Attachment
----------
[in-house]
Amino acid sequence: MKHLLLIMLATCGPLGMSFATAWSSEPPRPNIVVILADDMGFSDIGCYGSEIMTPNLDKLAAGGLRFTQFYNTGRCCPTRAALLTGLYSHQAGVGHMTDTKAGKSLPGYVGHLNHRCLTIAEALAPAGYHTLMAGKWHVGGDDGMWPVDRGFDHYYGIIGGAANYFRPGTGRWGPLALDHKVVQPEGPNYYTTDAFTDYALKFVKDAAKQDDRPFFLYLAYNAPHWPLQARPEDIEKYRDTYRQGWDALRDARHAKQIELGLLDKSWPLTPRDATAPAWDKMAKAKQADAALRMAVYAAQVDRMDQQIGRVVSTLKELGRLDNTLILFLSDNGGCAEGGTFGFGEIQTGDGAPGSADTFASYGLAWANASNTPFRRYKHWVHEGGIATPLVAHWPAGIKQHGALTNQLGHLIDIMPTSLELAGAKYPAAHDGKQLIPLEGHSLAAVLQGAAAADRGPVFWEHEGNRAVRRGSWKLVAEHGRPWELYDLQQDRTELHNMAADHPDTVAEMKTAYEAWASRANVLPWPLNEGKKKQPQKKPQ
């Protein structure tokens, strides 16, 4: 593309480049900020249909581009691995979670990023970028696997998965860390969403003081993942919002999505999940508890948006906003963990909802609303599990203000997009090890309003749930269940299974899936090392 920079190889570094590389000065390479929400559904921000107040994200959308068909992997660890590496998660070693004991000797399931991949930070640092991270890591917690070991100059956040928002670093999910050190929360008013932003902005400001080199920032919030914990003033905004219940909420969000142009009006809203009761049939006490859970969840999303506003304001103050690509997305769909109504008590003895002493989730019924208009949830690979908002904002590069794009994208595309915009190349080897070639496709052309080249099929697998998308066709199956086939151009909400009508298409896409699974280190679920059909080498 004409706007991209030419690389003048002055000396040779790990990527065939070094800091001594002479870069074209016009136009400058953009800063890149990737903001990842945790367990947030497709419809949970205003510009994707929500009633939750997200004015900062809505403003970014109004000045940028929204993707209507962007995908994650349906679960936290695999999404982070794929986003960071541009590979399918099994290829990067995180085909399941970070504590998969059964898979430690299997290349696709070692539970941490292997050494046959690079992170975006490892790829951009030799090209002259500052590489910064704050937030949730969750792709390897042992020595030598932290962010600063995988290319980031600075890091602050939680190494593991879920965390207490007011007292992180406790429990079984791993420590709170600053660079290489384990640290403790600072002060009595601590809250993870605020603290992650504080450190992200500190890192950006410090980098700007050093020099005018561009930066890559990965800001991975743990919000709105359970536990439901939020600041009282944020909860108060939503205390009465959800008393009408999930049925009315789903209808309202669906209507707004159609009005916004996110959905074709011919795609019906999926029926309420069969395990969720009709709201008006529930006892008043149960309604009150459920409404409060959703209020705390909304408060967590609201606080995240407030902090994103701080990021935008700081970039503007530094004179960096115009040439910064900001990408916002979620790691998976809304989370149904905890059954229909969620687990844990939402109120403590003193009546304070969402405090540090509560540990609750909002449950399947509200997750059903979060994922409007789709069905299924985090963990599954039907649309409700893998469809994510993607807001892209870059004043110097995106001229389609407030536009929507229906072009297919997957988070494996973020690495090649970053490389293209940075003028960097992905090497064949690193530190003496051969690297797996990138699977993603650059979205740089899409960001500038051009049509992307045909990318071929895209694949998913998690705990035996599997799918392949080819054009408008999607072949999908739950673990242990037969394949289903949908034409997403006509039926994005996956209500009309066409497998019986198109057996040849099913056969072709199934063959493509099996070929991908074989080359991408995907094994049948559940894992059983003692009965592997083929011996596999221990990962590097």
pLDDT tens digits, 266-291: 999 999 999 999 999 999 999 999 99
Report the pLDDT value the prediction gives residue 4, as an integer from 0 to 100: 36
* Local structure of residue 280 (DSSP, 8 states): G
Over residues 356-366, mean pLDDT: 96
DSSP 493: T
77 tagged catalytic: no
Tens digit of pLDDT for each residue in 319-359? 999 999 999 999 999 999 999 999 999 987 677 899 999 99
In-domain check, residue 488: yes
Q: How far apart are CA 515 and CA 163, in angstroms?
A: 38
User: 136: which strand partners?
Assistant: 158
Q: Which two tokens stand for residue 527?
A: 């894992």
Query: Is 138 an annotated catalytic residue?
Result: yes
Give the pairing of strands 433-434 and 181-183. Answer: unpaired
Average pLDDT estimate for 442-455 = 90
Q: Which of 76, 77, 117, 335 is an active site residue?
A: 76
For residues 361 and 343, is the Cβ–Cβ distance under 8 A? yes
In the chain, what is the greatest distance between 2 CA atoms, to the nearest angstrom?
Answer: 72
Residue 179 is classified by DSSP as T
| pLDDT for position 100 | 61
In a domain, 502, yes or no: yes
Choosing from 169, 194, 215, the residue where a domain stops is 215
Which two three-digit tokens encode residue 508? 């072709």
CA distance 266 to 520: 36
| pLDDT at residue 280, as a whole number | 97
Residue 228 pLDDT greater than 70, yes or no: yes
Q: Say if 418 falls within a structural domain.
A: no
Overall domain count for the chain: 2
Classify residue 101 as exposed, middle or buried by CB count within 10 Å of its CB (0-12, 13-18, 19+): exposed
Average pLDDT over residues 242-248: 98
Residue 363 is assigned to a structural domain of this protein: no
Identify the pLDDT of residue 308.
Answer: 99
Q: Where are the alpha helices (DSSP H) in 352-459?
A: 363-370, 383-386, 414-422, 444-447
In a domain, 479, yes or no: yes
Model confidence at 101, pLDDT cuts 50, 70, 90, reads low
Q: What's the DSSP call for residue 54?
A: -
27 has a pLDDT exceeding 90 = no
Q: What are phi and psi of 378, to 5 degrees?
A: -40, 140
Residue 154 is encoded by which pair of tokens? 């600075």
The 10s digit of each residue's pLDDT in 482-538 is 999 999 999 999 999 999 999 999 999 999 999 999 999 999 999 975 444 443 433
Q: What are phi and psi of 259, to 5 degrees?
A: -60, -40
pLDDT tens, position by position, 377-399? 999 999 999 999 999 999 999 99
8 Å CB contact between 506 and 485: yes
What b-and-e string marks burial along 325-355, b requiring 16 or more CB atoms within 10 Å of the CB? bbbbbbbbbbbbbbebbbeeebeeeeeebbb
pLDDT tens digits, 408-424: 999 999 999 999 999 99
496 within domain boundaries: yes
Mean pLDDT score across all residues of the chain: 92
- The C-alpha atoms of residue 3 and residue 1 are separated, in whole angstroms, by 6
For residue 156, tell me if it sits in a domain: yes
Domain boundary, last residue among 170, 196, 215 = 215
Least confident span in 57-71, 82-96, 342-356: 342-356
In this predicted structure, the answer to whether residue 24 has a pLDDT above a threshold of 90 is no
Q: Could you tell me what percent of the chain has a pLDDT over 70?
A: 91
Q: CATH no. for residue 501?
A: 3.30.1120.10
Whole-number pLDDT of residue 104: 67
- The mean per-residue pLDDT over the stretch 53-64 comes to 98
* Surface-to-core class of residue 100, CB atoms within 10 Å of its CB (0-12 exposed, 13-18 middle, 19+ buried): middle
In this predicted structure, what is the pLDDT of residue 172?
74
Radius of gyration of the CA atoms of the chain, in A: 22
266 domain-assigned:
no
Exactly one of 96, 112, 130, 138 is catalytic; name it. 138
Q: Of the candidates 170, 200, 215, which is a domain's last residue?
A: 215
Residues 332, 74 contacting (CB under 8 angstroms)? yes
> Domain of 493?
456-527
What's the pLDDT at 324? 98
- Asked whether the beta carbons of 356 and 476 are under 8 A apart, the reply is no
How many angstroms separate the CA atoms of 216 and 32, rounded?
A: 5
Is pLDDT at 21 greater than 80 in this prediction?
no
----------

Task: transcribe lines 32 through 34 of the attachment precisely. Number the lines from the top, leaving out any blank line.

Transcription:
CA distance 266 to 520: 36
| pLDDT at residue 280, as a whole number | 97
Residue 228 pLDDT greater than 70, yes or no: yes